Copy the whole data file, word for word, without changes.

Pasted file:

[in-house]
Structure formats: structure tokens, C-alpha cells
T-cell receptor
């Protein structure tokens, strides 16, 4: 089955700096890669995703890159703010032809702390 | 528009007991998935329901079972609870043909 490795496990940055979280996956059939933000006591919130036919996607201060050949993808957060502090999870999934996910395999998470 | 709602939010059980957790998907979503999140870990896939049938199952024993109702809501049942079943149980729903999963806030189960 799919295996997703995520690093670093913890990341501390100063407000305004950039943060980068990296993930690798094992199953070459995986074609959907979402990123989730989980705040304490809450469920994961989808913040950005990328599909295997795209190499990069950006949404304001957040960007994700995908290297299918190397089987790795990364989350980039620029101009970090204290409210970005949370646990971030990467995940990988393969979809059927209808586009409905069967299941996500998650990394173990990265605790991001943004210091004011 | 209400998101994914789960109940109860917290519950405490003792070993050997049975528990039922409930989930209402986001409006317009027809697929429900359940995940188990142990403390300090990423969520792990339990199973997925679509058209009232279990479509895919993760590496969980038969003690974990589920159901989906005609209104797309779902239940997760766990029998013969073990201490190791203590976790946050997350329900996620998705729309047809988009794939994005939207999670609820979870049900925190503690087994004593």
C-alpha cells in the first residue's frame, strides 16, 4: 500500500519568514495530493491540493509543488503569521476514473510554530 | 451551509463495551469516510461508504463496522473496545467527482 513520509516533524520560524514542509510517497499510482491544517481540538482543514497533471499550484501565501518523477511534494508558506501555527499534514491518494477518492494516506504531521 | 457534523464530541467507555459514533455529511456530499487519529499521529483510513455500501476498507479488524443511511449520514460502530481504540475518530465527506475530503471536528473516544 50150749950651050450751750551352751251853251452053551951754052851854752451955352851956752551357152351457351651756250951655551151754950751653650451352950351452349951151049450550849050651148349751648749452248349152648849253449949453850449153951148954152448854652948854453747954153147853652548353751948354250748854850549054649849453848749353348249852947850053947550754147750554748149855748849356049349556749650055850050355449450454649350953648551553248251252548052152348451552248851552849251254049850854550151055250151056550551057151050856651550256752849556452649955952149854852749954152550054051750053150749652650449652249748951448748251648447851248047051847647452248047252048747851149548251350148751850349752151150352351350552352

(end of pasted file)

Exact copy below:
[in-house]
Structure formats: structure tokens, C-alpha cells
T-cell receptor
């Protein structure tokens, strides 16, 4: 089955700096890669995703890159703010032809702390 | 528009007991998935329901079972609870043909 490795496990940055979280996956059939933000006591919130036919996607201060050949993808957060502090999870999934996910395999998470 | 709602939010059980957790998907979503999140870990896939049938199952024993109702809501049942079943149980729903999963806030189960 799919295996997703995520690093670093913890990341501390100063407000305004950039943060980068990296993930690798094992199953070459995986074609959907979402990123989730989980705040304490809450469920994961989808913040950005990328599909295997795209190499990069950006949404304001957040960007994700995908290297299918190397089987790795990364989350980039620029101009970090204290409210970005949370646990971030990467995940990988393969979809059927209808586009409905069967299941996500998650990394173990990265605790991001943004210091004011 | 209400998101994914789960109940109860917290519950405490003792070993050997049975528990039922409930989930209402986001409006317009027809697929429900359940995940188990142990403390300090990423969520792990339990199973997925679509058209009232279990479509895919993760590496969980038969003690974990589920159901989906005609209104797309779902239940997760766990029998013969073990201490190791203590976790946050997350329900996620998705729309047809988009794939994005939207999670609820979870049900925190503690087994004593």
C-alpha cells in the first residue's frame, strides 16, 4: 500500500519568514495530493491540493509543488503569521476514473510554530 | 451551509463495551469516510461508504463496522473496545467527482 513520509516533524520560524514542509510517497499510482491544517481540538482543514497533471499550484501565501518523477511534494508558506501555527499534514491518494477518492494516506504531521 | 457534523464530541467507555459514533455529511456530499487519529499521529483510513455500501476498507479488524443511511449520514460502530481504540475518530465527506475530503471536528473516544 50150749950651050450751750551352751251853251452053551951754052851854752451955352851956752551357152351457351651756250951655551151754950751653650451352950351452349951151049450550849050651148349751648749452248349152648849253449949453850449153951148954152448854652948854453747954153147853652548353751948354250748854850549054649849453848749353348249852947850053947550754147750554748149855748849356049349556749650055850050355449450454649350953648551553248251252548052152348451552248851552849251254049850854550151055250151056550551057151050856651550256752849556452649955952149854852749954152550054051750053150749652650449652249748951448748251648447851248047051847647452248047252048747851149548251350148751850349752151150352351350552352